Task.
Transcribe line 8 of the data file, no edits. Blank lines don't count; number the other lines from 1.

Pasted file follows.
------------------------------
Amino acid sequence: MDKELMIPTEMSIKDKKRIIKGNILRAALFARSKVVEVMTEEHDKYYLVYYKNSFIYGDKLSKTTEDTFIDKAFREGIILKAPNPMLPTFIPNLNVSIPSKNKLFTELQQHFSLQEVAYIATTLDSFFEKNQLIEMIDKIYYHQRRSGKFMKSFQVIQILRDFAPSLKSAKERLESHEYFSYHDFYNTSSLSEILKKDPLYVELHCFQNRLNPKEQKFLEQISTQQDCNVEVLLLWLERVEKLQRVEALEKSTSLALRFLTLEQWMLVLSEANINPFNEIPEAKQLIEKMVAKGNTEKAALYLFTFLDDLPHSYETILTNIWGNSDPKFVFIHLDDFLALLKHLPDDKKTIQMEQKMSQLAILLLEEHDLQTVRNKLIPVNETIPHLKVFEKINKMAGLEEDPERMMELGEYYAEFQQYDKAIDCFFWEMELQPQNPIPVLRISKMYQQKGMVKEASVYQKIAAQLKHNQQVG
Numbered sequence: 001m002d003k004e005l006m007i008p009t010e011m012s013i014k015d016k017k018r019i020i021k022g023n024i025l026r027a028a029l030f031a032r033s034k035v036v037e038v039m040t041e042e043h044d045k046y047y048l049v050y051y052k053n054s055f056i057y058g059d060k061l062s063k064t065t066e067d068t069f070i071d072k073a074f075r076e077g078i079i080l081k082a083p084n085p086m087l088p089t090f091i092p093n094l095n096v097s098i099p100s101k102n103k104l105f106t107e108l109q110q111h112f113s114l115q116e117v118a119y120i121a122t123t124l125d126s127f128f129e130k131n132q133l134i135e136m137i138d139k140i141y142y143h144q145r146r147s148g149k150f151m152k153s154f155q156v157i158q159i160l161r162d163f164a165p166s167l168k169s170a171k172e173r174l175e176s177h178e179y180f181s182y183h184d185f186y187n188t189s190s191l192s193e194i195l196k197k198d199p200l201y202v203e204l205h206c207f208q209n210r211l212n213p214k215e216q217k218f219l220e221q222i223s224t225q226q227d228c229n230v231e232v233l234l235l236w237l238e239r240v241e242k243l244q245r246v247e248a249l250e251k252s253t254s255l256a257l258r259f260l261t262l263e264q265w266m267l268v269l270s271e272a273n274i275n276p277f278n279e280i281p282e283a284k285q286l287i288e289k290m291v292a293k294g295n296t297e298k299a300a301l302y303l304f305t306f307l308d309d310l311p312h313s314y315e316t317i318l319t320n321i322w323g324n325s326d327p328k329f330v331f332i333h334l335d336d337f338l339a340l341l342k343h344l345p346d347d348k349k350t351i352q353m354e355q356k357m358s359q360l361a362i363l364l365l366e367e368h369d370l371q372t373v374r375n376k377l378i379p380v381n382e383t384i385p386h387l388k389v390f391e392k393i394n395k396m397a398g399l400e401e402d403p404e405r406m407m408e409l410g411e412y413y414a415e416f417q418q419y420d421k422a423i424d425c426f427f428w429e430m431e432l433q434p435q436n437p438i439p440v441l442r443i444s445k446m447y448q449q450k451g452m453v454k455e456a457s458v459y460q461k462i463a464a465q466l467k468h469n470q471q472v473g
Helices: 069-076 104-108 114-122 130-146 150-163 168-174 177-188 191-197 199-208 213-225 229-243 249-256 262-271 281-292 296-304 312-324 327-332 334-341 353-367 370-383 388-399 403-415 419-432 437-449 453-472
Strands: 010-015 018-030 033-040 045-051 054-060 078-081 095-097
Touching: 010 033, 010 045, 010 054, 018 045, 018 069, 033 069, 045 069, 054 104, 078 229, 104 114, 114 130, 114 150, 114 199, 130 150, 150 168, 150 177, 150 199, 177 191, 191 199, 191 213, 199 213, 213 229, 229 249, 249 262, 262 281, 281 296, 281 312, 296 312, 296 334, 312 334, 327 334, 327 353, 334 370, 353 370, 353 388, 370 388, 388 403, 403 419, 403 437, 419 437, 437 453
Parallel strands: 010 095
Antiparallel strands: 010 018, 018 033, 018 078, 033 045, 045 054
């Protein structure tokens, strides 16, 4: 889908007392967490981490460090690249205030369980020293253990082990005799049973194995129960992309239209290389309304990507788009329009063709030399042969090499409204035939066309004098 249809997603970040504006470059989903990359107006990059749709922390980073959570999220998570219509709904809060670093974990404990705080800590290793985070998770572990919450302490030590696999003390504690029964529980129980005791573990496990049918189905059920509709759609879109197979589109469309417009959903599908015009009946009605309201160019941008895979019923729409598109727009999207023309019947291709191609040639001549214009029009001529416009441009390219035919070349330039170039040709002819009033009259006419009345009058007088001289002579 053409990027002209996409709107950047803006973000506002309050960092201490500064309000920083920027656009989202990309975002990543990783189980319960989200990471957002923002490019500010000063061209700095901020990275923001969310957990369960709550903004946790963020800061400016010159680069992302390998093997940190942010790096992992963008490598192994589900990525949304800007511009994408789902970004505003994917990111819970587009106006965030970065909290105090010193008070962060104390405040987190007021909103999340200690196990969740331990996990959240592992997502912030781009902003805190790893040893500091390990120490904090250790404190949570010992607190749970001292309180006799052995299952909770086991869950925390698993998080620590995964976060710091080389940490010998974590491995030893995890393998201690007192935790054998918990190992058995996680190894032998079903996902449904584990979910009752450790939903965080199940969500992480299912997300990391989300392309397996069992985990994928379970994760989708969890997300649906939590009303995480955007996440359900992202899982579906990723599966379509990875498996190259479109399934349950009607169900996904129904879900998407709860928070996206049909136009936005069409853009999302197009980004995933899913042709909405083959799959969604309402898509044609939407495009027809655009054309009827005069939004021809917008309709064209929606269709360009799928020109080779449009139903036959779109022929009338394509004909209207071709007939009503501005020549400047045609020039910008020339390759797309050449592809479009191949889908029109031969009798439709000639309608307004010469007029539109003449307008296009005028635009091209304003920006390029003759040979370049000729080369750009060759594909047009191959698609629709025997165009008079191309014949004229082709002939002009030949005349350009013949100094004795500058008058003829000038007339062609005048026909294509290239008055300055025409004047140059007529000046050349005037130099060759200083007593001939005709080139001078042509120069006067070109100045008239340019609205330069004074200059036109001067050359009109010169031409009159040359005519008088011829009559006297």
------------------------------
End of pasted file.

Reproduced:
């Protein structure tokens, strides 16, 4: 889908007392967490981490460090690249205030369980020293253990082990005799049973194995129960992309239209290389309304990507788009329009063709030399042969090499409204035939066309004098 249809997603970040504006470059989903990359107006990059749709922390980073959570999220998570219509709904809060670093974990404990705080800590290793985070998770572990919450302490030590696999003390504690029964529980129980005791573990496990049918189905059920509709759609879109197979589109469309417009959903599908015009009946009605309201160019941008895979019923729409598109727009999207023309019947291709191609040639001549214009029009001529416009441009390219035919070349330039170039040709002819009033009259006419009345009058007088001289002579 053409990027002209996409709107950047803006973000506002309050960092201490500064309000920083920027656009989202990309975002990543990783189980319960989200990471957002923002490019500010000063061209700095901020990275923001969310957990369960709550903004946790963020800061400016010159680069992302390998093997940190942010790096992992963008490598192994589900990525949304800007511009994408789902970004505003994917990111819970587009106006965030970065909290105090010193008070962060104390405040987190007021909103999340200690196990969740331990996990959240592992997502912030781009902003805190790893040893500091390990120490904090250790404190949570010992607190749970001292309180006799052995299952909770086991869950925390698993998080620590995964976060710091080389940490010998974590491995030893995890393998201690007192935790054998918990190992058995996680190894032998079903996902449904584990979910009752450790939903965080199940969500992480299912997300990391989300392309397996069992985990994928379970994760989708969890997300649906939590009303995480955007996440359900992202899982579906990723599966379509990875498996190259479109399934349950009607169900996904129904879900998407709860928070996206049909136009936005069409853009999302197009980004995933899913042709909405083959799959969604309402898509044609939407495009027809655009054309009827005069939004021809917008309709064209929606269709360009799928020109080779449009139903036959779109022929009338394509004909209207071709007939009503501005020549400047045609020039910008020339390759797309050449592809479009191949889908029109031969009798439709000639309608307004010469007029539109003449307008296009005028635009091209304003920006390029003759040979370049000729080369750009060759594909047009191959698609629709025997165009008079191309014949004229082709002939002009030949005349350009013949100094004795500058008058003829000038007339062609005048026909294509290239008055300055025409004047140059007529000046050349005037130099060759200083007593001939005709080139001078042509120069006067070109100045008239340019609205330069004074200059036109001067050359009109010169031409009159040359005519008088011829009559006297």